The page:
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Emotion, symbols, and performance in the Baroque period


Michel Corrette, portrait from “L’Ecole d’Orphée” (1738)

Date: 26 May 2014
Time: 1pm-2pm
Venue: The University of Melbourne Early Music Studio 27 Royal Parade, Parkville

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Davide Monti is a highly flexible and charismatic violinist thanks to an eclectic education and to his collaborations with internationally renowned musicians and ensembles. Apart from his role as a soloist, he often works with both small groups and orchestras, being admired for his natural and risk-taking approach to music. A fundamental part of his aesthetic is researching improvisation and musical rhetoric which are applied fields in the art of historically informed performances. This is what he teaches during masterclasses and lectures around the world. His violin is an Italian instrument from the beginning of the 18th century, kindly on loan from the Paternostro family.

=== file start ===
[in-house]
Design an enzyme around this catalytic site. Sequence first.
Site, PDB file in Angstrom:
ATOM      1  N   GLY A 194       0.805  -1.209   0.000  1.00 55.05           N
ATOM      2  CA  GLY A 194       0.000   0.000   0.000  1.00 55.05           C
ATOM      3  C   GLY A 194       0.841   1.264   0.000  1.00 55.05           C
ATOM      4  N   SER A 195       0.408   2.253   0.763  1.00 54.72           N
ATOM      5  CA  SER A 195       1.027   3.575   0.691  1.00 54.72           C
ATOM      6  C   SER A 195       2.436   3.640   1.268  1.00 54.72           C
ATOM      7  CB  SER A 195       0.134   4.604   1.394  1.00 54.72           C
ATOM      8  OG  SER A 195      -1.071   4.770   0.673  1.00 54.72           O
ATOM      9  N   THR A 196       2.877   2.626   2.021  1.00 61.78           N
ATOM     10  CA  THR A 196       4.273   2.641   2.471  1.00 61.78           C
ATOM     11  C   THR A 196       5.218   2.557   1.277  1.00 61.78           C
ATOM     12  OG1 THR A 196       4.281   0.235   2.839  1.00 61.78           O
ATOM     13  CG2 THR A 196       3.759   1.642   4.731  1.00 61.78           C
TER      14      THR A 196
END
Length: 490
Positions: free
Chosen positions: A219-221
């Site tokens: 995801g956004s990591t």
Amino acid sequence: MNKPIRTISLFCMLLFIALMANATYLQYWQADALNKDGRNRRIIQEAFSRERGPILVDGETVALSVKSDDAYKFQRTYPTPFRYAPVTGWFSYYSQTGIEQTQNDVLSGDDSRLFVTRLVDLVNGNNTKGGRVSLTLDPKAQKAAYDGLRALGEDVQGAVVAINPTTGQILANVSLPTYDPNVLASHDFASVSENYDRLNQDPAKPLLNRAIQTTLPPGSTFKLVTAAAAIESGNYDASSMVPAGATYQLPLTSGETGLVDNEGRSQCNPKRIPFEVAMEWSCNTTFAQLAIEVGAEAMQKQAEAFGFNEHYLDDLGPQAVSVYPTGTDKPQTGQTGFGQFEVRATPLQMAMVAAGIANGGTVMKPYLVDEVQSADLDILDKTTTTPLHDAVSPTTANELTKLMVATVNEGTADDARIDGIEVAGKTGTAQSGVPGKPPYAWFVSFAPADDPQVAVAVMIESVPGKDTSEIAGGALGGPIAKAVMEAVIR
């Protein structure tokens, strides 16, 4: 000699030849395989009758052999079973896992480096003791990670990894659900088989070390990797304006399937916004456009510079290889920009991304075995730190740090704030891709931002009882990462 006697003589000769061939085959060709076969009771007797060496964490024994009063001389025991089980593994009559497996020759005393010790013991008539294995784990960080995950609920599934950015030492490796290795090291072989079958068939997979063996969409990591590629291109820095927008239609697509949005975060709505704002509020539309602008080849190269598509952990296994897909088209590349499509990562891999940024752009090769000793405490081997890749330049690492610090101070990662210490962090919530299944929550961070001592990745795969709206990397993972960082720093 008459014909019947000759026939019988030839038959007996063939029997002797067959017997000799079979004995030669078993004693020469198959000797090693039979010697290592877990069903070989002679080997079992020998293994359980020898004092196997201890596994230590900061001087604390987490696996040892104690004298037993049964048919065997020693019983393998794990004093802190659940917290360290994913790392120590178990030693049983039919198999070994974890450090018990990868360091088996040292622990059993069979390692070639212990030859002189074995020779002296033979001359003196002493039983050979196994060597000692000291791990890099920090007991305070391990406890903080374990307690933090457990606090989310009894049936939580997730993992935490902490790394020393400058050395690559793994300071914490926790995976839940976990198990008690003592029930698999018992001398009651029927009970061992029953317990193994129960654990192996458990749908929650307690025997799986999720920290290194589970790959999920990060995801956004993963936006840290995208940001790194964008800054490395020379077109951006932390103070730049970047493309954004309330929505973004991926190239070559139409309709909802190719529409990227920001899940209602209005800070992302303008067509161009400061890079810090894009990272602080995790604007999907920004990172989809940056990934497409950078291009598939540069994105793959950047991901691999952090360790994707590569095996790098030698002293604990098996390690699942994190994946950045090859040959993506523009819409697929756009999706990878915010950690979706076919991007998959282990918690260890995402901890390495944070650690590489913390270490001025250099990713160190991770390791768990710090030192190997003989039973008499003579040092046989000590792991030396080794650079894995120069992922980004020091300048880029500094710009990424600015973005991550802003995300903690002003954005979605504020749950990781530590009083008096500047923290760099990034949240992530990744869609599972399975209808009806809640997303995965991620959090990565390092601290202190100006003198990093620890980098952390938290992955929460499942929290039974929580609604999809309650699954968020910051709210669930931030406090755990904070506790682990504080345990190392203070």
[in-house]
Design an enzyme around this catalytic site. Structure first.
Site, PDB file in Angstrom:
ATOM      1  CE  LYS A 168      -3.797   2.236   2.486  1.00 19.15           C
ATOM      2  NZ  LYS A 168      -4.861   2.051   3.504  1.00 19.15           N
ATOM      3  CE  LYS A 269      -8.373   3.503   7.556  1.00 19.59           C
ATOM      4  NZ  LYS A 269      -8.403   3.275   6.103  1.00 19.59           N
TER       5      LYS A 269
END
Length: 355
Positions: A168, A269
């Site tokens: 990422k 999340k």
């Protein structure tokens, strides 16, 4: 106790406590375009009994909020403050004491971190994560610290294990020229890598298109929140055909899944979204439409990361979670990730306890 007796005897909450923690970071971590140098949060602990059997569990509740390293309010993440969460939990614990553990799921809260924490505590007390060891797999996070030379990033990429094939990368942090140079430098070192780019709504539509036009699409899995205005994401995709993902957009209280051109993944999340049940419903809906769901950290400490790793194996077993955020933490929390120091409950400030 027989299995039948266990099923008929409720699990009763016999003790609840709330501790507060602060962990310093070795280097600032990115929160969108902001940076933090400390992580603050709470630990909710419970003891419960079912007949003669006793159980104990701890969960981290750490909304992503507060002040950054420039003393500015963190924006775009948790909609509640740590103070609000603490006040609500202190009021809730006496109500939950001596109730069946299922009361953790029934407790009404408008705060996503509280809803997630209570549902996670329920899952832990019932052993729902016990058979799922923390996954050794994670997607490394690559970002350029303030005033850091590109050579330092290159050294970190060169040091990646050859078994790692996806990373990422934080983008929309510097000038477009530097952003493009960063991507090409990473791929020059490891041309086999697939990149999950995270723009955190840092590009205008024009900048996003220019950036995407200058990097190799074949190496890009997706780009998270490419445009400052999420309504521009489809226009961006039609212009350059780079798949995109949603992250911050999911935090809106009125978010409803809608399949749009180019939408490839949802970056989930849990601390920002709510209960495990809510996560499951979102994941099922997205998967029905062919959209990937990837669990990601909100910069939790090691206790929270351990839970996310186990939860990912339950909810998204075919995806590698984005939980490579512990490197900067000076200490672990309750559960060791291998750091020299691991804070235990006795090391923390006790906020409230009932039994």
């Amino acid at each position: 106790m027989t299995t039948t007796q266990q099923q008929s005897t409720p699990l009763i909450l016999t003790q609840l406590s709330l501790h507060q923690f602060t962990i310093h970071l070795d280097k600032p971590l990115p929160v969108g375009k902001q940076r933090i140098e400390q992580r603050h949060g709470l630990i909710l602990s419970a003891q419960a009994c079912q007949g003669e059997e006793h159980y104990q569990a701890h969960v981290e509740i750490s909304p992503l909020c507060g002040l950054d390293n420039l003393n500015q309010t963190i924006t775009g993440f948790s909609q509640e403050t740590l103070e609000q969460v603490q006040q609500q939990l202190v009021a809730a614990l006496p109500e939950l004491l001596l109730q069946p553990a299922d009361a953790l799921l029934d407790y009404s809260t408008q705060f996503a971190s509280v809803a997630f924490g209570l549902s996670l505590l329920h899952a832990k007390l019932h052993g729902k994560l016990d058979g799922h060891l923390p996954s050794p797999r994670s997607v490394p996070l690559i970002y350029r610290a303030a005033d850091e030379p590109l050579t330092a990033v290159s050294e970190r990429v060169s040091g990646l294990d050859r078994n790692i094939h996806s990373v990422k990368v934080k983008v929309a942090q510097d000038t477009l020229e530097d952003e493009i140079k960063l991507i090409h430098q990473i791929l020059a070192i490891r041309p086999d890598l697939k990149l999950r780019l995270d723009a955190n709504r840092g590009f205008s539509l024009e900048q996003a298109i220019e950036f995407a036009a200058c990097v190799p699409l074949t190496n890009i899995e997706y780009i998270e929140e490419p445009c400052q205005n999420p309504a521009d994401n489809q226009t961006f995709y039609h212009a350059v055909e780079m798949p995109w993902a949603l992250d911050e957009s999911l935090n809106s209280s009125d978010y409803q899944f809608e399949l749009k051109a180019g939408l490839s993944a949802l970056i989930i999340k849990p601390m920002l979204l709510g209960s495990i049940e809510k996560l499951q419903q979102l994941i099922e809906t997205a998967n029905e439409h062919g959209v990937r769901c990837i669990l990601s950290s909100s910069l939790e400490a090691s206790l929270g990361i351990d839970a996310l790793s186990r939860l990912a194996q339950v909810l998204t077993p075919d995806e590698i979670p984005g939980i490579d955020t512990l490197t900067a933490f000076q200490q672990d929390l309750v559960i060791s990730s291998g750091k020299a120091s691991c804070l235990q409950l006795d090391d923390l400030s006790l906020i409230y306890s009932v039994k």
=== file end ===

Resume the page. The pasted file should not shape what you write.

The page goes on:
Art in the baroque offers an opportunity to represent the relationship between symbols of affects, in a fluent and ingenious way. This is brought to life in the gestures during the action of performance. This talk will investigate: How much of the codes of expression of the 17th century are still in our contemporary communication. Also, how are rules of rhetoric of the baroque period still effective in today’s performances?